As Kishan and Rishabh both failed to deliver in their two games together, India's search for a firepower opening combination has been crushed, tumbled and lit up to warm the hands in New Zealand's chilly conditions. While the openers played 31 deliveries in the second T20I, they could only score 36 of them at a rate of just 7 runs per over. In the third T20I, India’s opening stand could only last two overs, scoring just above 6 runs per over (13-1).
Pant, who has been a fantastic Test batter for India over the last 24 months, has been twice as bad in T20Is, averaging just 22.70 in 55 innings. Perhaps the selectors should just send Pant in T20Is with the Test jersey because he appears to be confused about the approach in T20 vis a vis Test matches. The question then becomes, what are the selectors and management seeing in Rishabh and Kishan to justify giving them twice as many chances as Sanju, when the numbers clearly don't appear to support the left-handed openers? Is it the left-handed flavour? Or are we seeing a 3-D saga all over again? If India want to really dominate in the powerplay, neither Rishabh nor Kishan would be the answer; bringing in fearless batters like Prithvi Shaw or Sanju Samson might be the only way forward that India can take from this series with respect to their opening woes.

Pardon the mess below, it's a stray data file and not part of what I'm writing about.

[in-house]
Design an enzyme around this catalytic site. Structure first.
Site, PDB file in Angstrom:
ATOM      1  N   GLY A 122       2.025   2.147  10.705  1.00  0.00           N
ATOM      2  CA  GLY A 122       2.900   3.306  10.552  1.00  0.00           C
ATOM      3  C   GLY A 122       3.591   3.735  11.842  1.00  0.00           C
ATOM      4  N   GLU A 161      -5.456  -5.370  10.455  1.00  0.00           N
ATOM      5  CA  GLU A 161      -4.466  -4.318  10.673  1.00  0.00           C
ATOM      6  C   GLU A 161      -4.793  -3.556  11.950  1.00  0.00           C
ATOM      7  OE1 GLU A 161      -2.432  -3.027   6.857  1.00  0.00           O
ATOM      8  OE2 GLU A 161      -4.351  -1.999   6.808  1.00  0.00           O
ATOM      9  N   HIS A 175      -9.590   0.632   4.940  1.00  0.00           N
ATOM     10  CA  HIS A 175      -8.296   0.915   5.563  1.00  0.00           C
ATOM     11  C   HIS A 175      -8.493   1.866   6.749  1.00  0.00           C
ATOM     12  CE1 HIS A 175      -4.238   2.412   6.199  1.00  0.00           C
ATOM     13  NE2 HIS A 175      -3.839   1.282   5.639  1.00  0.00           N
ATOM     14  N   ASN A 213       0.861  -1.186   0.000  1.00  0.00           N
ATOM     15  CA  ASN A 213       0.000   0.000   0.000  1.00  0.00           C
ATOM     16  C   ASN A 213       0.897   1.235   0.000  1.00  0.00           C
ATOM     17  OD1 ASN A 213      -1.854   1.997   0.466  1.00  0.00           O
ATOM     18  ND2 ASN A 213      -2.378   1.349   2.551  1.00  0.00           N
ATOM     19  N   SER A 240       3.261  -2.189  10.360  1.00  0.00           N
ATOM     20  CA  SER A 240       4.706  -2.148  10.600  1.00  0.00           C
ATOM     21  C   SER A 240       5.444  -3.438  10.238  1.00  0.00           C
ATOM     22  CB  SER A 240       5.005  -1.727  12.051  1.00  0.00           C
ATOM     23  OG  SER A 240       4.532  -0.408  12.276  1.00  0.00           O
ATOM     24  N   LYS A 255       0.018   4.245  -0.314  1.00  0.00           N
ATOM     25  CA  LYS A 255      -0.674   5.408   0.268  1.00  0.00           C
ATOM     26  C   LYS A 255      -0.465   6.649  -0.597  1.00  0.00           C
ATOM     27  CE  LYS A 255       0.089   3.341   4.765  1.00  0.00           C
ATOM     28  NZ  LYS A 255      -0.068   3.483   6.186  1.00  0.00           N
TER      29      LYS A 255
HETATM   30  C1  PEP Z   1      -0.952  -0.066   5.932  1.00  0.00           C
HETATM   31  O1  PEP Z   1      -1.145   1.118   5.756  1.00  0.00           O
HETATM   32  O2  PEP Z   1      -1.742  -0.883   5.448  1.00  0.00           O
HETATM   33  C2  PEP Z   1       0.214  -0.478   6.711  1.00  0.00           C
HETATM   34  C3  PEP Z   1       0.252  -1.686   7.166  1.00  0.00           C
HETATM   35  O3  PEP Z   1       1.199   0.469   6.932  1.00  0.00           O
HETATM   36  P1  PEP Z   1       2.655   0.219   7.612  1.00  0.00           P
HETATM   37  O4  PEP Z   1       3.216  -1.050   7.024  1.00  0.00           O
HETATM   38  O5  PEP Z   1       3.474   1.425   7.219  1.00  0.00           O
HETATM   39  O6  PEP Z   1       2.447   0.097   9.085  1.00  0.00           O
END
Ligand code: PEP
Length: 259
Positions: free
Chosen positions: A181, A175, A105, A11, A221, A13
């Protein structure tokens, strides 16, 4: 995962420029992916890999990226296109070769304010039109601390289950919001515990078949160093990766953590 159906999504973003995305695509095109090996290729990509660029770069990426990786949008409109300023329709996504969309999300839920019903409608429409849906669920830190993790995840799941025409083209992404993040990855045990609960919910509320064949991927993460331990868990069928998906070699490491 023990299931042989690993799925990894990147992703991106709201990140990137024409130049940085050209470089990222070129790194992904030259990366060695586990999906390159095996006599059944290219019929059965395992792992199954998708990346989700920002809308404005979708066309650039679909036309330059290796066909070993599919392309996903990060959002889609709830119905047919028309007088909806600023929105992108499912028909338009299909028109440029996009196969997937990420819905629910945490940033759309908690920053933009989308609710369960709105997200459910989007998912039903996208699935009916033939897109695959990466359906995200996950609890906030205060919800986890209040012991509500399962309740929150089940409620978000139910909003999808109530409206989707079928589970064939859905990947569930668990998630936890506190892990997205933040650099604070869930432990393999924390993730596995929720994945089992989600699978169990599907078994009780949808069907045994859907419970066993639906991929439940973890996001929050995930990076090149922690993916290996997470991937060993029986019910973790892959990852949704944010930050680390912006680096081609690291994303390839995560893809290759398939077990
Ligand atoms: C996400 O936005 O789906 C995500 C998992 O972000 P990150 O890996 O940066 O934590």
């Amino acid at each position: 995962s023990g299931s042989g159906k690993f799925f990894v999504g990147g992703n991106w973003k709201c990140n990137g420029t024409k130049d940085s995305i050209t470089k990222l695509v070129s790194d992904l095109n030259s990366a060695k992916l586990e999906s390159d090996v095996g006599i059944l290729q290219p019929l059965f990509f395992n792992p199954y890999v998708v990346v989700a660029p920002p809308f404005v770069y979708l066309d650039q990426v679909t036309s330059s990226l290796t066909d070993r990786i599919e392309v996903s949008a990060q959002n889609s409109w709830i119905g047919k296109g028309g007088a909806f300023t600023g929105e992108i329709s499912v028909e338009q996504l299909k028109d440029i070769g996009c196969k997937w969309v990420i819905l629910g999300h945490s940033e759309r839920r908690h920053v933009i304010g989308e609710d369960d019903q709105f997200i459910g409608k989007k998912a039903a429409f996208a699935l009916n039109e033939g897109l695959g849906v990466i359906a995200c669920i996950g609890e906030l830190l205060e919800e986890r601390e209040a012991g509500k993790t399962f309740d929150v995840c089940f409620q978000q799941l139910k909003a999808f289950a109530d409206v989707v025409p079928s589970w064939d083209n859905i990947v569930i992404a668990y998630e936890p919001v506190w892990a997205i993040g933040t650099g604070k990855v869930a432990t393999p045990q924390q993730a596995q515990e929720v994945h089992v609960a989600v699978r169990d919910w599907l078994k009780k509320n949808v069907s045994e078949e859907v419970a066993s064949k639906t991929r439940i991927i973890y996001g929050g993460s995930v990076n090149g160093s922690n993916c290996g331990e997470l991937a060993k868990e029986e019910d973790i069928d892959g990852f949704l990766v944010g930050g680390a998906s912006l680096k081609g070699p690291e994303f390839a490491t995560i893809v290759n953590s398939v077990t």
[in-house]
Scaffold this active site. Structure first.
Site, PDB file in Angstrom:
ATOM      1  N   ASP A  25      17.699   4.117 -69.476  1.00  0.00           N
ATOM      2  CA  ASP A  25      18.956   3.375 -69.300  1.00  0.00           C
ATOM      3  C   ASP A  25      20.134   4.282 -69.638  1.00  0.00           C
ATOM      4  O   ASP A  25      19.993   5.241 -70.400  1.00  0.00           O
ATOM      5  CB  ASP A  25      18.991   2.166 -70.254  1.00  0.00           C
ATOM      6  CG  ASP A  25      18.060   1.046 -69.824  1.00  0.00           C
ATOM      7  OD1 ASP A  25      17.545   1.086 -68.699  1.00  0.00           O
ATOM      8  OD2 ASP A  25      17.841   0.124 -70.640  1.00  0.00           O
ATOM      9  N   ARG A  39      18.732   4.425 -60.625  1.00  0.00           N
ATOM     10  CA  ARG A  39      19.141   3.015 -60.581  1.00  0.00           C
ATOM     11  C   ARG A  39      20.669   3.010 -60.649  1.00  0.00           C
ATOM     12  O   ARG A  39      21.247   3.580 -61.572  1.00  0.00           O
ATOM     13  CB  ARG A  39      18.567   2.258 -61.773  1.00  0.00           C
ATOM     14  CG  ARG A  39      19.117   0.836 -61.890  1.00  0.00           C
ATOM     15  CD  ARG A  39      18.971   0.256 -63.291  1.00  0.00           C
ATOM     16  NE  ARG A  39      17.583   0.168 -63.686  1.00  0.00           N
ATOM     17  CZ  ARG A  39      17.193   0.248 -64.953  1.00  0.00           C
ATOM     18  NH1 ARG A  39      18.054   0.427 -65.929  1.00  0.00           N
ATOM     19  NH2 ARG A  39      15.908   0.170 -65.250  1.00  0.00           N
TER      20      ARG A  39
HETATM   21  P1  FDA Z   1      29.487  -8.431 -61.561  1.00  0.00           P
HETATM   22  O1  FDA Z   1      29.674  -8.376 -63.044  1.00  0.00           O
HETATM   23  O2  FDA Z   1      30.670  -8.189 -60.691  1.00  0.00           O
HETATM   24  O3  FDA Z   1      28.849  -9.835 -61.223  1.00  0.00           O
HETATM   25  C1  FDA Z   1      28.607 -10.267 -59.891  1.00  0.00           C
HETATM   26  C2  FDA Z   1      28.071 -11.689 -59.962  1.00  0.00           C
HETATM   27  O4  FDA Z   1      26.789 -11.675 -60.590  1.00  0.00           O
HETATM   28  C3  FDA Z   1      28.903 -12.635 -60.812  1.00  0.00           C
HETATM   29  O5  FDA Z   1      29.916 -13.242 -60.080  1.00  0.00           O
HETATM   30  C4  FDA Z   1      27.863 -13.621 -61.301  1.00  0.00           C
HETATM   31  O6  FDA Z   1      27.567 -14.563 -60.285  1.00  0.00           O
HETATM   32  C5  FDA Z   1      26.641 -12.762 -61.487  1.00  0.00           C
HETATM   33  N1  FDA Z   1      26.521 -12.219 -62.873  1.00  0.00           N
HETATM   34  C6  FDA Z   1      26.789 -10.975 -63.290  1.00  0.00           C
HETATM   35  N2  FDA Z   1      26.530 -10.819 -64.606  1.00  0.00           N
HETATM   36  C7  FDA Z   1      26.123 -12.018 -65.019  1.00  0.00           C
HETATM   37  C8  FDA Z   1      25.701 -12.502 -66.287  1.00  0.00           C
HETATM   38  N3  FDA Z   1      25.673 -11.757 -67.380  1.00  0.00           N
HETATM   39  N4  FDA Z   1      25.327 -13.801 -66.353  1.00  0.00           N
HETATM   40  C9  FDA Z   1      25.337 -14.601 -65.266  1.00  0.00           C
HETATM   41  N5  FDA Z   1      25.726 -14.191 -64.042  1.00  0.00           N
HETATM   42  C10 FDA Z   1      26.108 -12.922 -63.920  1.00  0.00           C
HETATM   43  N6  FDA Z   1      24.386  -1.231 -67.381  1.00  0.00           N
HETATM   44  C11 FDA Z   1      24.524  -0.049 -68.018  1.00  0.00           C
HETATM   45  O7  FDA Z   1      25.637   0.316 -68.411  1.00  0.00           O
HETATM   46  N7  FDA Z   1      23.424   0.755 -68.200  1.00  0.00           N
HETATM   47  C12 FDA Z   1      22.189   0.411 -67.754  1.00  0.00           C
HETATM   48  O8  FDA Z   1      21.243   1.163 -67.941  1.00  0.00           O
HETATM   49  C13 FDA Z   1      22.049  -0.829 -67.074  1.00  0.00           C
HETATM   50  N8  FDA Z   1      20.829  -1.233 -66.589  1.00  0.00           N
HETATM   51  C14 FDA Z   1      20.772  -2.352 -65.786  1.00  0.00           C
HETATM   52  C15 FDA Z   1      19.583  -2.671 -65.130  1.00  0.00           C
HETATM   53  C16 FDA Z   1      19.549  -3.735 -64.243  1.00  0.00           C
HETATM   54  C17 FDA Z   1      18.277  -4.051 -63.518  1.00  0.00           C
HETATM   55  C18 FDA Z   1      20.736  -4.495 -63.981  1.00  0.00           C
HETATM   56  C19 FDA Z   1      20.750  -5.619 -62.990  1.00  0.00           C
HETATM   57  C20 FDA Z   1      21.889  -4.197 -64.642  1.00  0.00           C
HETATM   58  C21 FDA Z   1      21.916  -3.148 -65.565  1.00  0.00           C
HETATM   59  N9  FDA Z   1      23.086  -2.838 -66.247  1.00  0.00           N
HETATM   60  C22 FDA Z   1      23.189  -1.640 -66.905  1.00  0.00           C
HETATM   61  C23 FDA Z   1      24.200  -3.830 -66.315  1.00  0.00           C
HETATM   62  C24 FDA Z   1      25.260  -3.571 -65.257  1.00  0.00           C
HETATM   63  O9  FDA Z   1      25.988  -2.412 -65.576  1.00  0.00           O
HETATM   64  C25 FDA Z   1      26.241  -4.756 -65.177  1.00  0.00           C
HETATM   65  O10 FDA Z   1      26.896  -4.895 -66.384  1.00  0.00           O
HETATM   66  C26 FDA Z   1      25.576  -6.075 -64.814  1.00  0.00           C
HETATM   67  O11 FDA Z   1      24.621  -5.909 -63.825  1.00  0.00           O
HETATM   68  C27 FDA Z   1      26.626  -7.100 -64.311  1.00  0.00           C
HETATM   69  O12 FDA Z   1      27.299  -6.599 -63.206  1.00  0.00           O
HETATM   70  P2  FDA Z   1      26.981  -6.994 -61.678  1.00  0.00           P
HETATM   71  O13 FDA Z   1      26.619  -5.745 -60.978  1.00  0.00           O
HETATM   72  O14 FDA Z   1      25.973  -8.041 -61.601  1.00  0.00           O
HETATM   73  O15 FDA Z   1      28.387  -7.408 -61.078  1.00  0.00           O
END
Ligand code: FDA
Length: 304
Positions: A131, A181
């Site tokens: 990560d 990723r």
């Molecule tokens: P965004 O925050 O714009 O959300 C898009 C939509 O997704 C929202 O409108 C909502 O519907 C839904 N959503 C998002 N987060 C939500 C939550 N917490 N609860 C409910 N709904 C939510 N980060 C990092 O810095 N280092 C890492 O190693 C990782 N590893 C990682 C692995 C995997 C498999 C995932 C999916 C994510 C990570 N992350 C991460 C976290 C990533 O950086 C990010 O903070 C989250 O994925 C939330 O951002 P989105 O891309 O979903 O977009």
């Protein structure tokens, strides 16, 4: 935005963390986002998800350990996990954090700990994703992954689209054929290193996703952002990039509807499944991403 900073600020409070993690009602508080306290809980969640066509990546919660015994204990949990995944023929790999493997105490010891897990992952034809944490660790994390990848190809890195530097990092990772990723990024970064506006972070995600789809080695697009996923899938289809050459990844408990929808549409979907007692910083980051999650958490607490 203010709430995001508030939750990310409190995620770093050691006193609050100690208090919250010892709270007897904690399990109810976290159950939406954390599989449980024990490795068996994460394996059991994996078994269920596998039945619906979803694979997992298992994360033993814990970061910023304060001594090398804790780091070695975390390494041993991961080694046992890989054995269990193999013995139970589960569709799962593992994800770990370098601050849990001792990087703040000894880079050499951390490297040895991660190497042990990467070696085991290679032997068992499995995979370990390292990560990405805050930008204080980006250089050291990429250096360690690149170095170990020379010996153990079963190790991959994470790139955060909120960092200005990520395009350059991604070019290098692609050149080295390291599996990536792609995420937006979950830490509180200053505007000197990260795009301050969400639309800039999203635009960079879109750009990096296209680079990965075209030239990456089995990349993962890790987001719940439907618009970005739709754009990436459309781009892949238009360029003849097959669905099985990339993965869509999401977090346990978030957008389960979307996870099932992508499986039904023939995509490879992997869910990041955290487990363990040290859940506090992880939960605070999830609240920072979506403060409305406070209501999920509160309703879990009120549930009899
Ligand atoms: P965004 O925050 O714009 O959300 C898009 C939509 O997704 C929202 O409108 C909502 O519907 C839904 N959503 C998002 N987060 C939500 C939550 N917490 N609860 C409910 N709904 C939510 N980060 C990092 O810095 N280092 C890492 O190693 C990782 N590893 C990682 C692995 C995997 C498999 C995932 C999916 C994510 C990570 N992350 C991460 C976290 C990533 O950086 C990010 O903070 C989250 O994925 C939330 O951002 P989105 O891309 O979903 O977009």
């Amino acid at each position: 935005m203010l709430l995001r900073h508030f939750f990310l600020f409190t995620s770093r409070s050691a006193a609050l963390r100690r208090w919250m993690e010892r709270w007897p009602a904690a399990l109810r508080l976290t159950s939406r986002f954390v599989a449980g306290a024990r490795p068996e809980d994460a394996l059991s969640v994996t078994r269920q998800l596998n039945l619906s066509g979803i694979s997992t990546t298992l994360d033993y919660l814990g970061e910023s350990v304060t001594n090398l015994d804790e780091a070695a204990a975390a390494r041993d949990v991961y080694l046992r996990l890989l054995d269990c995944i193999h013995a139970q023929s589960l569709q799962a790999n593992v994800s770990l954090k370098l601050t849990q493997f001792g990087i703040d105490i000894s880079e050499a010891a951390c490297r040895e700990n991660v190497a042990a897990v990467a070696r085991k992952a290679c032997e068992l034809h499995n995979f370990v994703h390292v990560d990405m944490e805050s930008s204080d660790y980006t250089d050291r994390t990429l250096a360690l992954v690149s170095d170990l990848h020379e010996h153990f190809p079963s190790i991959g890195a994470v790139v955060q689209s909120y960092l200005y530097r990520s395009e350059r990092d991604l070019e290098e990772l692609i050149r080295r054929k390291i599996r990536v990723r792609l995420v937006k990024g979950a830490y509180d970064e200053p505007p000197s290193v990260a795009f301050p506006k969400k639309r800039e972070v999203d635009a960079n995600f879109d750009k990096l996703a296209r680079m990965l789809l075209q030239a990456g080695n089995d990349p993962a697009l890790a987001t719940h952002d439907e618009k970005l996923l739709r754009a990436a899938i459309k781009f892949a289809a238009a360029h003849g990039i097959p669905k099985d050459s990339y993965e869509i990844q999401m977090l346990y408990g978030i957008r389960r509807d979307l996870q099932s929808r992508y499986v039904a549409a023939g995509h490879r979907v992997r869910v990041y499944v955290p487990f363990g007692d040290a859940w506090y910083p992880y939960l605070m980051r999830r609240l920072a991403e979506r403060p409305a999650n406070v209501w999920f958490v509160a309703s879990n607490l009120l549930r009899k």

Wrist Spinners? A thumb rule in T20I cricket?
After a crushing semi-final loss to England in the T20 World Cup, one thing was for sure: India still haven’t addressed the problem of finding a genuine wicket taker in Twenty20 cricket. India’s search began after it they were defeated by Pakistan by a crushing margin of 10 wickets in the T20 World Cup in 2021. Yuzvendra Chahal, India's wrist spinner, was brought back into the lineup after the 2021 debacle. Ravi Bishnoi was given his share of playing time in the bilateral series between T20 World Cup 2021 and 2022. Even Kuldeep Yadav was brought on for a few matches. But when the biggest stage came, India went on to drop all three of their wrist spinners, or, shall we say, wicket-takers, and went with a defensive approach. The same defensive approach that has killed India’s batting has further damaged India’s winning options.